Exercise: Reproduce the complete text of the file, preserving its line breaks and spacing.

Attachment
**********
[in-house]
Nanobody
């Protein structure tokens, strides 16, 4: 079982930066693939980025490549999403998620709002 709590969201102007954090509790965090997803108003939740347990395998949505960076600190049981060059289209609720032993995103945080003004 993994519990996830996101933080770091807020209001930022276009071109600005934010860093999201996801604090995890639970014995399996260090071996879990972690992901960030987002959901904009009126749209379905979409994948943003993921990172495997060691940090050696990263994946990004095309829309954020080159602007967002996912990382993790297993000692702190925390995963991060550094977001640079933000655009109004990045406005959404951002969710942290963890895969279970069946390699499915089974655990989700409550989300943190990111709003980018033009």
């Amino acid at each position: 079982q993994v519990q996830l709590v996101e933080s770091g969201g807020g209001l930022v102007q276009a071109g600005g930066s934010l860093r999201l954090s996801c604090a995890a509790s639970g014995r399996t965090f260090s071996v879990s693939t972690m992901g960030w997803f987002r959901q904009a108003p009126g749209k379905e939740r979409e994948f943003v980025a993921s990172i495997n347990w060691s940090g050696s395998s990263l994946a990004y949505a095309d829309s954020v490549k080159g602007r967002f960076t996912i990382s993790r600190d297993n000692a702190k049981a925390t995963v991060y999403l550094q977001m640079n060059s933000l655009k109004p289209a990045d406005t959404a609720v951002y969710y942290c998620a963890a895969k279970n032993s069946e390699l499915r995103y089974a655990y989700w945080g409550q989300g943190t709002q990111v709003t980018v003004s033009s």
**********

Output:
[in-house]
Nanobody
């Protein structure tokens, strides 16, 4: 079982930066693939980025490549999403998620709002 709590969201102007954090509790965090997803108003939740347990395998949505960076600190049981060059289209609720032993995103945080003004 993994519990996830996101933080770091807020209001930022276009071109600005934010860093999201996801604090995890639970014995399996260090071996879990972690992901960030987002959901904009009126749209379905979409994948943003993921990172495997060691940090050696990263994946990004095309829309954020080159602007967002996912990382993790297993000692702190925390995963991060550094977001640079933000655009109004990045406005959404951002969710942290963890895969279970069946390699499915089974655990989700409550989300943190990111709003980018033009």
């Amino acid at each position: 079982q993994v519990q996830l709590v996101e933080s770091g969201g807020g209001l930022v102007q276009a071109g600005g930066s934010l860093r999201l954090s996801c604090a995890a509790s639970g014995r399996t965090f260090s071996v879990s693939t972690m992901g960030w997803f987002r959901q904009a108003p009126g749209k379905e939740r979409e994948f943003v980025a993921s990172i495997n347990w060691s940090g050696s395998s990263l994946a990004y949505a095309d829309s954020v490549k080159g602007r967002f960076t996912i990382s993790r600190d297993n000692a702190k049981a925390t995963v991060y999403l550094q977001m640079n060059s933000l655009k109004p289209a990045d406005t959404a609720v951002y969710y942290c998620a963890a895969k279970n032993s069946e390699l499915r995103y089974a655990y989700w945080g409550q989300g943190t709002q990111v709003t980018v003004s033009s």